SCO rises from the dead

I've never been a fan of horror-movie series where no matter what happens to the baddie, such as Jason Voorhees from the Friday the 13th movies, he's up and ready to kill again in the next sequel. So, you can imagine just how pleased I am to see that SCO, just when it looked like it was dead as a doornail, came up with a buyer at the 11th hour and 59th minute.

According to reports on Groklaw, Gulf Capital Partners LLC, a group formed by Stephen Norris of Stephen Norris & Co. Capital Partners, a private-equity firm, has offered to buy SCO, just as the company faced the end of the bankruptcy road. If the deal is real and goes through, SCO's nearly dead Unix business will continue, and, oh the pain of it all, so will its zombie-like lawsuits against IBM, Novell, and other Linux companies.

Will this idiocy never end!?

This isn't the first time that Norris has tried to ride in to save SCO's bacon. Last February, Norris came up with a deal that would give SCO $5 million, and a credit line of up to $95 million, on the understanding that the money would be spent trying to kick IBM and Novell's rump in court. Never mind that SCO has never come close to proving any of its claims about Unix IP (intellectual property) in Linux in court. Norris, or more properly his backers who had ties to Microsoft, wanted to fund SCO's anti-Linux lawsuits.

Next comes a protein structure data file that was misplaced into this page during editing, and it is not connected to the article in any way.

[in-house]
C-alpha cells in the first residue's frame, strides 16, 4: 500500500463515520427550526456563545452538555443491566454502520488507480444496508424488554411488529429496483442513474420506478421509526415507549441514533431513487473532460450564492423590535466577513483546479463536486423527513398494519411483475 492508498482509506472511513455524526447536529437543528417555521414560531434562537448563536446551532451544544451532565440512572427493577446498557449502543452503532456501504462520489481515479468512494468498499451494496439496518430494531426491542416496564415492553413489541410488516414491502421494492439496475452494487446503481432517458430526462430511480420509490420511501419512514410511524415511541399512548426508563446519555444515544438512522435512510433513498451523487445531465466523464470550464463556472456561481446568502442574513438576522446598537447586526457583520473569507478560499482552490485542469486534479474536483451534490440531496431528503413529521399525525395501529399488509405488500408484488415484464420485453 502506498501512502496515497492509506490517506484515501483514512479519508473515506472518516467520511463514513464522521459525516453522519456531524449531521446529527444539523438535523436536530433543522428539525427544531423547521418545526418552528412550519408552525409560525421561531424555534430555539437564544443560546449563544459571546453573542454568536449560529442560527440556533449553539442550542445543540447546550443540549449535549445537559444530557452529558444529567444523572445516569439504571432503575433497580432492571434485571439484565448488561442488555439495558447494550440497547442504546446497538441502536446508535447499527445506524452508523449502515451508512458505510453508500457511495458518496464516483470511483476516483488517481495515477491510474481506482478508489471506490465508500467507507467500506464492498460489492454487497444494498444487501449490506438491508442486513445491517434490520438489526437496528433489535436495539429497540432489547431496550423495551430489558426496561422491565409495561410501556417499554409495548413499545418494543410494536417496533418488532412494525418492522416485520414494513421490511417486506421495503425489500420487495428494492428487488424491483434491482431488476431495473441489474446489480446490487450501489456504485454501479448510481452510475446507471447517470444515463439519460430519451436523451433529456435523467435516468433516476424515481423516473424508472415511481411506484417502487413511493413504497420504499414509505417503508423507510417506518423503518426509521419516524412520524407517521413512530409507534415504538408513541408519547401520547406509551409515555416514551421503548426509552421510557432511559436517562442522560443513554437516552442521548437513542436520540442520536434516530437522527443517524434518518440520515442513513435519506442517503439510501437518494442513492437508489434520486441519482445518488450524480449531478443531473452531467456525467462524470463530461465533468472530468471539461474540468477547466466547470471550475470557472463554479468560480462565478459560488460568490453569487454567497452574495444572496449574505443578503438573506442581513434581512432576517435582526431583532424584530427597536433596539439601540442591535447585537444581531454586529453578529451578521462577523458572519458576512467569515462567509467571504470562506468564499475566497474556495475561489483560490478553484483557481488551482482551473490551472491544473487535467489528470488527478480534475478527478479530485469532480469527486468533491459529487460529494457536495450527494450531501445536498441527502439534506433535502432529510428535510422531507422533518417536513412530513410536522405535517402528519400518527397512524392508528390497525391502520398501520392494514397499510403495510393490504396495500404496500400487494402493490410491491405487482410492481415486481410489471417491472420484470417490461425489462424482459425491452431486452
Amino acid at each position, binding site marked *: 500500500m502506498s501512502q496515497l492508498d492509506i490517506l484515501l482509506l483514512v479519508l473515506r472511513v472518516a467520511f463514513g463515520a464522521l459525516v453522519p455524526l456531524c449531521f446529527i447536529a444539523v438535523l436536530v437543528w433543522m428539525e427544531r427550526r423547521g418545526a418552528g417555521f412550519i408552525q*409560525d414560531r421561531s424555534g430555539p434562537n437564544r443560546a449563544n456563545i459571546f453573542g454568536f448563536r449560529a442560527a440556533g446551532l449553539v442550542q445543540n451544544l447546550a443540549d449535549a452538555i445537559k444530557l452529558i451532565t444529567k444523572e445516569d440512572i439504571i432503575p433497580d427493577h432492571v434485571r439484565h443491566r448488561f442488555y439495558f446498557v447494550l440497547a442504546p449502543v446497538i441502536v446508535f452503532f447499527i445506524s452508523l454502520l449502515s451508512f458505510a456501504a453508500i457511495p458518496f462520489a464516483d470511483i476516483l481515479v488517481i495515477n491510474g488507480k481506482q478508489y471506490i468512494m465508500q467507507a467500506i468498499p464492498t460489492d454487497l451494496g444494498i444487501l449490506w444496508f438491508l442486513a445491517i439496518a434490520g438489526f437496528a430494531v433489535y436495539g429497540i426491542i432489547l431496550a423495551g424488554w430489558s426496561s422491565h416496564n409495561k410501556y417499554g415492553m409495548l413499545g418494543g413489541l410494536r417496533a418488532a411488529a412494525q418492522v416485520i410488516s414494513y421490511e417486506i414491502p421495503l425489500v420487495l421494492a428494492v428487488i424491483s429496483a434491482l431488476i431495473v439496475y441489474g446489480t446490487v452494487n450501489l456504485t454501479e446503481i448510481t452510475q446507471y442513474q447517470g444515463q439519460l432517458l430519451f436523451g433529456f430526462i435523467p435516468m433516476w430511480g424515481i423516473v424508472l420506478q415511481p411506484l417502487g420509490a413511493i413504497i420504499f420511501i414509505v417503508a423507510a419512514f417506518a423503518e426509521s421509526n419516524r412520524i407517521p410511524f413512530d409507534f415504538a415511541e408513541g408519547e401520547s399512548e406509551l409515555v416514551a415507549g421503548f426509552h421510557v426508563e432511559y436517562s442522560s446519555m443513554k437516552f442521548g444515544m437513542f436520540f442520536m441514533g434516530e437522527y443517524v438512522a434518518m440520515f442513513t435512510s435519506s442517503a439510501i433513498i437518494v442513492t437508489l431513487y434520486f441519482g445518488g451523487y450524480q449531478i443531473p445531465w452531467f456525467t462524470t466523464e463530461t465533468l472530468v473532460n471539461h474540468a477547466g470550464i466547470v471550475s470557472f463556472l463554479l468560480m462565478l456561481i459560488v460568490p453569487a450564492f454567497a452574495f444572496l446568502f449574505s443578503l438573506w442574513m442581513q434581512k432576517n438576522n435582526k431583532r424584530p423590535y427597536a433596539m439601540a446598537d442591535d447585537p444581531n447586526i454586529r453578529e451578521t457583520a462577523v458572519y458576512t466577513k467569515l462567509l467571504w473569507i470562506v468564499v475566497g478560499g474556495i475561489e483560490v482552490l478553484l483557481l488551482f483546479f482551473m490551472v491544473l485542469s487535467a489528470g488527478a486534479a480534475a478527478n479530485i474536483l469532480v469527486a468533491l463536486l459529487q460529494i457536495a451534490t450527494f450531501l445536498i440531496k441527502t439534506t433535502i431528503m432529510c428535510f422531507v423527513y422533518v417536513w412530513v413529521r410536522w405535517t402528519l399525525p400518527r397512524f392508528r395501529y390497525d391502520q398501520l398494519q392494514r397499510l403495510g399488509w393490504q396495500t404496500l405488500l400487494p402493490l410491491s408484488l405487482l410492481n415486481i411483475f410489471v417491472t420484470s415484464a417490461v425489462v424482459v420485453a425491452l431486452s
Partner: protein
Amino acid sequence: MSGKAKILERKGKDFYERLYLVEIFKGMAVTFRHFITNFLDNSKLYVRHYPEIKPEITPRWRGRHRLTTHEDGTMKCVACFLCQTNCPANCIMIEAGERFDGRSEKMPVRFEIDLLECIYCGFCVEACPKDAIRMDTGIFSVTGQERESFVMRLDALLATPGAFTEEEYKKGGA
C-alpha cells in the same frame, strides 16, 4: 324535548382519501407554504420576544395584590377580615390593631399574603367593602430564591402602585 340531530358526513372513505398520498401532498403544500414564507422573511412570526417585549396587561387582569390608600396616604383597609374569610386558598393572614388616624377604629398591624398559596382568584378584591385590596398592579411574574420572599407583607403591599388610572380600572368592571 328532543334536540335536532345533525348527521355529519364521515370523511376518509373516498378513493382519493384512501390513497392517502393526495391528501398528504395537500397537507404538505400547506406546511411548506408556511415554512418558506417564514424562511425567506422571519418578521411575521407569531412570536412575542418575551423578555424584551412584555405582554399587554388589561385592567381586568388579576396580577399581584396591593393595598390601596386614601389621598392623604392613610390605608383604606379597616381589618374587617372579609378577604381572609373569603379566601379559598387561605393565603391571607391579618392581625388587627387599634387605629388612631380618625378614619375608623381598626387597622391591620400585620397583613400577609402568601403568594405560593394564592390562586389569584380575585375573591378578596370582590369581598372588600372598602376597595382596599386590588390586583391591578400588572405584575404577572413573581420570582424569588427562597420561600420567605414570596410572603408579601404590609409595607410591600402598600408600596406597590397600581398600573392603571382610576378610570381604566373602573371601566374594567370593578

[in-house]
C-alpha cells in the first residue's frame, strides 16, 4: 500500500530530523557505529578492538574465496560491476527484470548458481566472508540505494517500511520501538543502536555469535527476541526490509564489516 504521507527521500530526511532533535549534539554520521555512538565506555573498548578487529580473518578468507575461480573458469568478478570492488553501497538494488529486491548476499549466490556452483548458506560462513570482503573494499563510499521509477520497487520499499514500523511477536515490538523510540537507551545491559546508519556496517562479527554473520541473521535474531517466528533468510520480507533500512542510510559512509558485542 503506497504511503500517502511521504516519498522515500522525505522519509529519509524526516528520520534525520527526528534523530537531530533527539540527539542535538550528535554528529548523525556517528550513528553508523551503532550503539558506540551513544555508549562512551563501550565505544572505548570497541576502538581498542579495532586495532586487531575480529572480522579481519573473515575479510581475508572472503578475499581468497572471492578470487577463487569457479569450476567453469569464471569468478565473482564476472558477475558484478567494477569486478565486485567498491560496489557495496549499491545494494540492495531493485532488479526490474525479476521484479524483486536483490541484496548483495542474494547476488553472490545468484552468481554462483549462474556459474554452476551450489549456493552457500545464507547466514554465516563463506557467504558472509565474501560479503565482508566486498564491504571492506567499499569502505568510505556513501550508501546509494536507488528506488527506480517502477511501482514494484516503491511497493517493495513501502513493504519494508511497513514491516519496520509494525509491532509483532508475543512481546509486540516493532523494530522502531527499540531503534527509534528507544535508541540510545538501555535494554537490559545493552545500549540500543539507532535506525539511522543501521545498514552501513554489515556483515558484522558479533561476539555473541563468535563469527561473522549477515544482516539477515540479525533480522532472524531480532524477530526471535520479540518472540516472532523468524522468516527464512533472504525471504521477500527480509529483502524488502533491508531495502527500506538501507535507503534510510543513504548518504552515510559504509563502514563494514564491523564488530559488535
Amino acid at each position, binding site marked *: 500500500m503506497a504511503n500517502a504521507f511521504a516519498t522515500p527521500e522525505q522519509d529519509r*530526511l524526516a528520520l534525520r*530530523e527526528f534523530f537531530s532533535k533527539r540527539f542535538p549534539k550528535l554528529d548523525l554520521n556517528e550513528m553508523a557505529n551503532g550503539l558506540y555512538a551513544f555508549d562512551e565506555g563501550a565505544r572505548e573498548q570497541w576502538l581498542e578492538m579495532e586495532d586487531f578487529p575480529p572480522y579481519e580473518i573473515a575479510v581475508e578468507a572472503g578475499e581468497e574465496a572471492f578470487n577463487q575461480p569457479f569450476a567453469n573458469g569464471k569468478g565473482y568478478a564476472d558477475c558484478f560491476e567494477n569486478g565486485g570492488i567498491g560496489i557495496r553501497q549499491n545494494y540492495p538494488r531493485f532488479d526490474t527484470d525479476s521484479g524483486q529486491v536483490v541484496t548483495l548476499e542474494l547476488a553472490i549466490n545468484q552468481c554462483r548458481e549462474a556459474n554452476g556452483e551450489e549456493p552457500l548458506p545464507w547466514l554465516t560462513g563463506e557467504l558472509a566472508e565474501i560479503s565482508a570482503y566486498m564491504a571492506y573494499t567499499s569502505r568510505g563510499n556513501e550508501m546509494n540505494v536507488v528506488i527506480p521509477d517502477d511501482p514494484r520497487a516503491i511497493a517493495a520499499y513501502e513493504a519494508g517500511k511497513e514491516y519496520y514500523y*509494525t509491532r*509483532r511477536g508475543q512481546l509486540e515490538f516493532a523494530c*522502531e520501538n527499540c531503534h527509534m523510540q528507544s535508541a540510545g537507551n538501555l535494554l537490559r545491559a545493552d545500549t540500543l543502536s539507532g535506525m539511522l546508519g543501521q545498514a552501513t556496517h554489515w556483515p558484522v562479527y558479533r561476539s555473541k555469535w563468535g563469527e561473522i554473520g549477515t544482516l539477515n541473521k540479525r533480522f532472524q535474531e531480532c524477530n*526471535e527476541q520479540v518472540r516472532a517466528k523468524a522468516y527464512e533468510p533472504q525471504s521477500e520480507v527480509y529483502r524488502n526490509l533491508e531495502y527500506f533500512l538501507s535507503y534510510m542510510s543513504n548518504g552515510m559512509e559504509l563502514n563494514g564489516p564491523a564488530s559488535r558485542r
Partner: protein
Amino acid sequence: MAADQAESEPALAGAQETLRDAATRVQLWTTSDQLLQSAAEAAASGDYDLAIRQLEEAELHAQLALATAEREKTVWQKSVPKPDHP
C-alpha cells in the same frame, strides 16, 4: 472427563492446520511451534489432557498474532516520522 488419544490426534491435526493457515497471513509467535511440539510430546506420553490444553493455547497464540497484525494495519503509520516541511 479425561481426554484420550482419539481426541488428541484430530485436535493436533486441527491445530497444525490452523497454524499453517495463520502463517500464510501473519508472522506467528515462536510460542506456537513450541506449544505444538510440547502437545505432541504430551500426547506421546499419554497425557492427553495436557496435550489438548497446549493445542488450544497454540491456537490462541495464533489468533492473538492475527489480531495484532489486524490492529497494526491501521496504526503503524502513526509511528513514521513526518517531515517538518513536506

That attempt by Norris to save SCO's lawsuits fell apart. Now, he's trying to do it again.

We don't know who's behind this latest SCO buyout craziness, but it seems a safe bet that at the bottom of it all we'll find friends of Microsoft. There's simply no sane business reason to keep SCO's anti-Linux litigation in play except to spread a little anti-Linux FUD, and Microsoft is the only company that has any real interest in seeing that happen.

Like it or not, it looks like we're in for yet another chapter in SCO's unending courtroom horror show.

Computerworld's IT Salary Survey 2017 results
Shop Tech Products at Amazon